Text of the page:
INDIA'S industrial output rose more than expected in October, boosted by increased demand during the festive season in the country. Factory output rose 8.2 per cent from a year earlier. Most analysts had forecast a rise of 4.5 per cent. Manufacturing activity, which accounts for almost two-thirds of overall output, rose 9.6 per cent from a year earlier. Analysts said the data was also helped by a low base and did not indicate a recovery in India's economy. Industrial production had dipped 5.1 per cent during the same month last year.
THE US Bureau of Labour Statistics has reported that Australia is the developed world's least efficient manufacturing nation, according to The Australian Financial Review. The report found that Australia's manufacturing productivity fell four per cent in 2011, putting it last among 19 developed nations. Australian manufacturing has been hit hard by "Dutch disease" — a strong dollar driven by rising commodity exports — which sparks wage hikes that render many industries uncompetitive. The data measures output in national currencies per hour worked, largely eliminating exchange rate effects, the AFR added.
UK Prime Minister David Cameron has welcomed a major deal safeguarding 9000 jobs announced at the Flintshire plant of plane-maker Airbus. On a visit to Broughton, Mr Cameron said the deal was "excellent news and a tremendous boost" for UK manufacturing. The company says a $US9billion ($F15.92b) order for 100 A320 planes from AirAsia will safeguard 1500 Airbus jobs in the UK and 7500 in its supply chain. The wings for its A320 series are made at the Flintshire factory. AirAsias's order is for 64 of the A320neo (new engine option) and 36 of the A320ceo (present engine option) aircraft.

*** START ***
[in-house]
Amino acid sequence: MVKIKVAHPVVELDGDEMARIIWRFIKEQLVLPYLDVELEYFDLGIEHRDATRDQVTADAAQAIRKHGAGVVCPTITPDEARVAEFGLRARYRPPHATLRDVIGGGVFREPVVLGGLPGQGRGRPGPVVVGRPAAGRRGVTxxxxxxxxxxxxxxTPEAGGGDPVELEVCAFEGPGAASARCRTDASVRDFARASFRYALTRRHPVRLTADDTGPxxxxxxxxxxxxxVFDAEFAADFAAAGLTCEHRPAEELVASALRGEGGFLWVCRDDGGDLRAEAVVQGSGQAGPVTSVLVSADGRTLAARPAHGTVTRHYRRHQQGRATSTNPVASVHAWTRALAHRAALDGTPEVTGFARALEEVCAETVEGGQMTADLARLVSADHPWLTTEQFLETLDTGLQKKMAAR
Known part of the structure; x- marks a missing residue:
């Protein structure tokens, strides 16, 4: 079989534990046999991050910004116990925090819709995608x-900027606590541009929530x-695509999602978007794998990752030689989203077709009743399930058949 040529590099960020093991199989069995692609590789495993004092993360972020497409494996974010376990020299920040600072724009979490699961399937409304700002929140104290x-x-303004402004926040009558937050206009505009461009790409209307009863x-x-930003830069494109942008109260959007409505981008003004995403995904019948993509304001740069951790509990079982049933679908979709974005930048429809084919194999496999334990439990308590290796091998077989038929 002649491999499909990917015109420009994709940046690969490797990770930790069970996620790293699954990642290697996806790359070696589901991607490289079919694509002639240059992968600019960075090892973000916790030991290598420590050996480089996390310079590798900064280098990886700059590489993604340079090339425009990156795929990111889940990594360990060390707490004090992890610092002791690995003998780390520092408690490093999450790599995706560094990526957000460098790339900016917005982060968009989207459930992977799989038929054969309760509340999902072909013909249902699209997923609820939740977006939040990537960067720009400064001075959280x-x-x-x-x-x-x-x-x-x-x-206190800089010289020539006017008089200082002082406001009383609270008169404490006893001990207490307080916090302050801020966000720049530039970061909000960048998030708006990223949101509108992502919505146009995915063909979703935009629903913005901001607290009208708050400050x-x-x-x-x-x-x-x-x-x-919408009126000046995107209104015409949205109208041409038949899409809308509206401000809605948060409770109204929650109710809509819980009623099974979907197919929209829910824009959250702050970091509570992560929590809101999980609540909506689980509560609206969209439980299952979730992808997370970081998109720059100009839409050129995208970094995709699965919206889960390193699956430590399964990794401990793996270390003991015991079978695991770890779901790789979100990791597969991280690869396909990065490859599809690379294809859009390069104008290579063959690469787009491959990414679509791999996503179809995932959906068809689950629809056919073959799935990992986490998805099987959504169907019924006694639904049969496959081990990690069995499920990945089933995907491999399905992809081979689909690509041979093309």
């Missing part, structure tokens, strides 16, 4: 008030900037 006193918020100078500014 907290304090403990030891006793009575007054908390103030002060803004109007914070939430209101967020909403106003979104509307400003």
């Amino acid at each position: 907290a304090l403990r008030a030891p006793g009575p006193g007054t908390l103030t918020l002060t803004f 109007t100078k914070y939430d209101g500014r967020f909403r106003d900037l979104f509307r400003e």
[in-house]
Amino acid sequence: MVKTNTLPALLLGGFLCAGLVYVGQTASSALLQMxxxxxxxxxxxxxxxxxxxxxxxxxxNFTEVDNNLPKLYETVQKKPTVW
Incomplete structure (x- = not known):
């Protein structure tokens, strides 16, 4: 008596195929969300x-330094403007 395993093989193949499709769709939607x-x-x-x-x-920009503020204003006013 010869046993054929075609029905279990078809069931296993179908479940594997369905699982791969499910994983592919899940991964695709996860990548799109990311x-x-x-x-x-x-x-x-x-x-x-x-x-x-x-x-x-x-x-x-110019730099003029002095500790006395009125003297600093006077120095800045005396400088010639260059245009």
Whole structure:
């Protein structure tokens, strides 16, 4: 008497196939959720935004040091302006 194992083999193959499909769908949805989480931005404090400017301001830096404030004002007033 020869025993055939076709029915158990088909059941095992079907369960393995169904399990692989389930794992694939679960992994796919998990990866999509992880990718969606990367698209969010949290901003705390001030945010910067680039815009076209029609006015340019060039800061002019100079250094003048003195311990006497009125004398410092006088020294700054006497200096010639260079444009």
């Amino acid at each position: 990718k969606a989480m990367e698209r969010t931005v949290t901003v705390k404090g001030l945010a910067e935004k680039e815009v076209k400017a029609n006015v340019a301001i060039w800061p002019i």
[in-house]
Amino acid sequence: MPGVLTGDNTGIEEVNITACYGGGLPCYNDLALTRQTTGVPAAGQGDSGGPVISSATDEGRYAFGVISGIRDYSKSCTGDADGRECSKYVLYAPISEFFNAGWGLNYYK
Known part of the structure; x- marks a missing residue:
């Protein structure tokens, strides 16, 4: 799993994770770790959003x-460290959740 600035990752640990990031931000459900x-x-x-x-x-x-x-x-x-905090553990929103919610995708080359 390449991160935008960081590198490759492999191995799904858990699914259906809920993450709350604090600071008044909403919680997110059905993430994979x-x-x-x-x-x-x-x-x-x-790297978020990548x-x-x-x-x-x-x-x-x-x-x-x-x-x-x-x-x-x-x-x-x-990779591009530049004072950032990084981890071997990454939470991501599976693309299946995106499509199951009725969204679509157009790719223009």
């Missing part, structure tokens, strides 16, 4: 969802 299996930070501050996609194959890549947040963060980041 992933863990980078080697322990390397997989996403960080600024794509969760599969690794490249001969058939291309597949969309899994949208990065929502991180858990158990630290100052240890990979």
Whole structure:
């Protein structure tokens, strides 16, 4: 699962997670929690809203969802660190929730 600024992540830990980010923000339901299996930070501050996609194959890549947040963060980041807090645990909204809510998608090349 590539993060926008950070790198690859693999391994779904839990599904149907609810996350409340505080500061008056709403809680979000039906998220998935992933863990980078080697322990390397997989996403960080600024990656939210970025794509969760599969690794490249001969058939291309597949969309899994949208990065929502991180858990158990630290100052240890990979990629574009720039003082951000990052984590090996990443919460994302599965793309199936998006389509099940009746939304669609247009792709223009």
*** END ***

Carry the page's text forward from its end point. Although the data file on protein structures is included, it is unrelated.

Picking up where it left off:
SENTIMENT among Japanese businesses worsened in the three months to December, the Bank of Japan's Tankan survey has indicated, underlining the weakness in the country's economy. The survey's large manufacturers' index deteriorated to minus 12, from minus three in the previous quarter. Japanese manufacturers have been hurt by slowing export demand, a strong yen and subdued domestic consumption.
ANZ Banking Group Ltd has declined to pass on the Reserve Bank of Australia's full cut to interest rates, lowering its key lending rate by 20 basis points. The bank has dropped its standard variable mortgage rate to 6.4 per cent from 6.6 per cent, following the RBA's decision to cut the official cash rate by 25 basis points to 3 per cent at its December meeting. ANZ Australia chief executive officer Philip Chronican said the bank had taken into account the effect of the lower cash rate on domestic funding, ongoing competition for deposits and the international funding environment in making the decision.